-Gas Attacks- Adding poisen gas into bombs produced deadly results for both sides in WW1. The most lethal of these gases is Mustard gas, since it was amost odorless and took up to 12 hours to take effect. It caused internal and external bleeding as well as stripping the mucas membrane off their bronchial tubes causing them to choke and be in terrible pain. It also caused large, painful blisters and blindness. Altogether it took generally around four or five weeks to die from Mustard Gas.

Types of Trenchs

          Most trenches were set up nearly the same. They would have three layers of trenchs front-line, support and reserve.  The front-line was where they were fighting from, with the no-mans land right in front of it. Behind that was the support. This was where the machind gun nests were situated above. Beihind that was the reseve trench that was the last row. All three are connected to each other by a communtication trench.

             Trench Diagrams-


Causes and Effects of Trench Warfare

           Trench Warfare began as a way of holding a position in a war for an indefinite period of time. It resulted in a new technique in fighting where soldiers lived in and fought from the trenches, leaving only to raid the enemy trenches. This trench warfare brought breeding groung for disease and sickness, along with many amputations from the heavy artiliery fire.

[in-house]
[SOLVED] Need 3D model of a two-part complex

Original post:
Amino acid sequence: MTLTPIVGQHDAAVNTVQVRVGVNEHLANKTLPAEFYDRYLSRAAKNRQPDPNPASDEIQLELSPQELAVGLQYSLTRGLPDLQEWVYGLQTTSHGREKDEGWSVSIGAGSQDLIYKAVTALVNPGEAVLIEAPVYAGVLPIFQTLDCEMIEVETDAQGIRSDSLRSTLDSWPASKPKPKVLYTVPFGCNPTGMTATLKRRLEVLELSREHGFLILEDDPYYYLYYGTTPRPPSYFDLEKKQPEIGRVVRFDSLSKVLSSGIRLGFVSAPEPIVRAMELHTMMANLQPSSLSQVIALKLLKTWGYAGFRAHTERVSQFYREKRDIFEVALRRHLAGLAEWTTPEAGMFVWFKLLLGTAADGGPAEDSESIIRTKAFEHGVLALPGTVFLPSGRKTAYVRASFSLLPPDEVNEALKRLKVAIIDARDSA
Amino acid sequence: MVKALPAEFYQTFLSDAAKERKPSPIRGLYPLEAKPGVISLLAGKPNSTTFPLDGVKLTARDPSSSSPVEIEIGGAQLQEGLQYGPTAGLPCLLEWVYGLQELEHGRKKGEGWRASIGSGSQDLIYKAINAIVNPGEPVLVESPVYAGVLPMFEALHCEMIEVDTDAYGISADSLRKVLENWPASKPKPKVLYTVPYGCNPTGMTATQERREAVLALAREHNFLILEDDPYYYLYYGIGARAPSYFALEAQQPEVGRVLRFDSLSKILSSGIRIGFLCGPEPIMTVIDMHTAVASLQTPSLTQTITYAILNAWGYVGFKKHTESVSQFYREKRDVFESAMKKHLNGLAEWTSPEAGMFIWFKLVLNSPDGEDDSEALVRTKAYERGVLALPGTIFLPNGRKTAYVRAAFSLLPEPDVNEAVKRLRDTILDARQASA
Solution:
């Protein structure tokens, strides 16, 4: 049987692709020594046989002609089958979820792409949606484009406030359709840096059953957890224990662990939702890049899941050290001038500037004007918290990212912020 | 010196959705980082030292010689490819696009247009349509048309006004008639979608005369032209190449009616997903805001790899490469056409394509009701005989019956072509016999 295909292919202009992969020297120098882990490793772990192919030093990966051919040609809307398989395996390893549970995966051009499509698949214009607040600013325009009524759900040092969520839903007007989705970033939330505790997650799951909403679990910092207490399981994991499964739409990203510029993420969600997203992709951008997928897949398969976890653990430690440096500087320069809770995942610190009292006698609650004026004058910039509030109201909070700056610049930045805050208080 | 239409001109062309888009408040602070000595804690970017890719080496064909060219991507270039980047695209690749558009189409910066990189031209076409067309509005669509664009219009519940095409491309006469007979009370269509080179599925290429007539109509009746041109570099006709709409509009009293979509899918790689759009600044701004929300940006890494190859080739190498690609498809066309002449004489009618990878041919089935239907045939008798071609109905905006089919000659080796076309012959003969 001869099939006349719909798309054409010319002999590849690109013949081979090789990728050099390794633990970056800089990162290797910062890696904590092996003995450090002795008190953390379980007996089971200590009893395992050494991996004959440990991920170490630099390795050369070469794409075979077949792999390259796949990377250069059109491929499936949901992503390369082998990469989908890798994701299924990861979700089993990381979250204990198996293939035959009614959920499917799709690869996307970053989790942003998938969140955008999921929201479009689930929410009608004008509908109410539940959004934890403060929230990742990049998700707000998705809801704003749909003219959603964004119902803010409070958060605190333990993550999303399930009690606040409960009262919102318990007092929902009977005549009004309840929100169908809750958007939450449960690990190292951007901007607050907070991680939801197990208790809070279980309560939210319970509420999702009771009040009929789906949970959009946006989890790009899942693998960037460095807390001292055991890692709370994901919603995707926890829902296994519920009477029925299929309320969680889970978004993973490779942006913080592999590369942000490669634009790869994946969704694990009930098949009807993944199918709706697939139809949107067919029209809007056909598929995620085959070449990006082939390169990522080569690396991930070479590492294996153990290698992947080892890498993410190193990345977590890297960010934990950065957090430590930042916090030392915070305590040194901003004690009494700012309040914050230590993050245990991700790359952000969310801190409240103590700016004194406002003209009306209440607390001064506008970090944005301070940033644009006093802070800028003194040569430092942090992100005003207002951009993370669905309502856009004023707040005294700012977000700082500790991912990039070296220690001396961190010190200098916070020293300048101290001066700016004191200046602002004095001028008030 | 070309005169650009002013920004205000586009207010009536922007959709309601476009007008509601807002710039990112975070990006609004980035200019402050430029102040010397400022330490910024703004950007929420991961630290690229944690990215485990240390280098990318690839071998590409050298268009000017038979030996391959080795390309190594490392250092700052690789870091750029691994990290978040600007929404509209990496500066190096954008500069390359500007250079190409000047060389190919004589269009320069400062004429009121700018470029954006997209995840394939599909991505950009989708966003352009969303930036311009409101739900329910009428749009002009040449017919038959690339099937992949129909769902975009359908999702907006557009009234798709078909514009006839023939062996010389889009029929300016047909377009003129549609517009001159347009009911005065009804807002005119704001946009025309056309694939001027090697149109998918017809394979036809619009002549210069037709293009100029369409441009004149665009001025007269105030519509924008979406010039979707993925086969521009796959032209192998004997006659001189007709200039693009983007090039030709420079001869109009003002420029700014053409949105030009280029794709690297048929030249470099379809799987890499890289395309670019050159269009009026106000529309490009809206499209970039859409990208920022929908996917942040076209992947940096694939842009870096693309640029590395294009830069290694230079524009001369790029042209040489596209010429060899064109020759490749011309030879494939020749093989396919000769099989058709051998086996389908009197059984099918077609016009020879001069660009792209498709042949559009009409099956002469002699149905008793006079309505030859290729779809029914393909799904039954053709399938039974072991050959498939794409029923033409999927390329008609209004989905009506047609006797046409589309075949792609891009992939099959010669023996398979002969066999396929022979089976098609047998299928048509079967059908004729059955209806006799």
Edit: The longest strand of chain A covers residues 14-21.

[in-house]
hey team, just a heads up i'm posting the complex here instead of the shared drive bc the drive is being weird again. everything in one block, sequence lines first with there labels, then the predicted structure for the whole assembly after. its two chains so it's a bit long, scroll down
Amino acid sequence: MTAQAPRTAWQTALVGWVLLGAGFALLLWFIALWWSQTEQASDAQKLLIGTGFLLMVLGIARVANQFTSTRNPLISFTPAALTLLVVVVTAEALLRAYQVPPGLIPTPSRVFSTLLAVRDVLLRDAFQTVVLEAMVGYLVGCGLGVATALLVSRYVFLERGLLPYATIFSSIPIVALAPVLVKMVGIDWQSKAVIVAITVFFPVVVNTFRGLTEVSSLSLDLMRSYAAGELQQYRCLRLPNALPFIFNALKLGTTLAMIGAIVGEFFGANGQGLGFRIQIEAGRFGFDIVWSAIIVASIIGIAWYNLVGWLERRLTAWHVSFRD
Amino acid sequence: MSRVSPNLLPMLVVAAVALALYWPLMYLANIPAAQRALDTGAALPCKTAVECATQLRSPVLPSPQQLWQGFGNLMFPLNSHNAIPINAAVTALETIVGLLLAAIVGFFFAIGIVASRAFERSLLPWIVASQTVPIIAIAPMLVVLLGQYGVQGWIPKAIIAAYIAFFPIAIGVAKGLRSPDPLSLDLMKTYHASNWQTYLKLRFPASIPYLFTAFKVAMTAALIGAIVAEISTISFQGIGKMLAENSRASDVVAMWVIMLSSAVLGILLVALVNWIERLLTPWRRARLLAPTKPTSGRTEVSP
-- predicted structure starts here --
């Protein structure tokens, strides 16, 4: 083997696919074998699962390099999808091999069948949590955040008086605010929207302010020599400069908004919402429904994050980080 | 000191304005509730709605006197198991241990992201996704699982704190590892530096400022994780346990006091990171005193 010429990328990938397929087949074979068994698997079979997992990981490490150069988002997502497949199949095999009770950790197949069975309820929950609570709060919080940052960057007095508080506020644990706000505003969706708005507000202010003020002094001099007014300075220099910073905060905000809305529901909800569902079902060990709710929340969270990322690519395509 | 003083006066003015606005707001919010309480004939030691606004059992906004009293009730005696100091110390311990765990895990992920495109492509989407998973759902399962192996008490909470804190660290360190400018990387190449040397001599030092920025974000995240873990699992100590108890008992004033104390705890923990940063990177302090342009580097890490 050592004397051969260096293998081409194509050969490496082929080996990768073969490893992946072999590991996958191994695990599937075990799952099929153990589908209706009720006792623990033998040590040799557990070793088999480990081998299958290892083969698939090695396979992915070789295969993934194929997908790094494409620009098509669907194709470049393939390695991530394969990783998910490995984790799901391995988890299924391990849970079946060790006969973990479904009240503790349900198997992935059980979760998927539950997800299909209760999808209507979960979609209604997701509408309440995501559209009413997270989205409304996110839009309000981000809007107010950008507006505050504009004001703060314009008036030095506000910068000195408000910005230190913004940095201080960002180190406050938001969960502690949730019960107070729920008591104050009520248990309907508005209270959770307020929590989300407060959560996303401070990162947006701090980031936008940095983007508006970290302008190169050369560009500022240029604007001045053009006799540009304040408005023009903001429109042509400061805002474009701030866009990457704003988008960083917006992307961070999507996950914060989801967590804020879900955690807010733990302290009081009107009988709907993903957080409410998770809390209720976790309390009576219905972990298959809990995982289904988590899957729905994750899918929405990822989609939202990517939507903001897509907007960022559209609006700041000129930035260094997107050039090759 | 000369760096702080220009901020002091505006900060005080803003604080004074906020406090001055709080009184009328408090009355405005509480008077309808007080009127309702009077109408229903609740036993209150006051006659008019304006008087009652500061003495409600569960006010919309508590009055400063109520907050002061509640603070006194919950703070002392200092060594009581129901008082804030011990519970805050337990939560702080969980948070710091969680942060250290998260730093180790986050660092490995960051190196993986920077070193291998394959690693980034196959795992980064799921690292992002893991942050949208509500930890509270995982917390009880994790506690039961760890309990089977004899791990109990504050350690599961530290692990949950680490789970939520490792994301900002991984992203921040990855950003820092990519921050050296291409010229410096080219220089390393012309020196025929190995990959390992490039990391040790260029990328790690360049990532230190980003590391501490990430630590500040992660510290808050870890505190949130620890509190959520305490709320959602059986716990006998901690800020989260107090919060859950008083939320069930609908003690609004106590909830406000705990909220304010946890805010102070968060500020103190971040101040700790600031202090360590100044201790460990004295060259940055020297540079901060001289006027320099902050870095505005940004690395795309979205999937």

I think that trench warfare is one of the most ridiculous and ineffective methods of fighting ever developed. It was slow and hazardous, with many injuries self inflicted because of the close quarters that the men had to fight in. The unsanitary conditions and perpetual wetness caused disease and pestilence through out both armies. Most men if shot in the leg or arm had a less then 25% chance of surviving, any wounds to the chest and it was almost certain you would die.

            Aside from the obvious sanitary problems, I say it was ineffective because the only ways to defeat someone in a trench was to either barrage them with artillery fire until they either died or gave up unless they stormed the other trench after the artillery fire, which could and often did result in massive casualties during the foray across the no-mans land in between the trenches.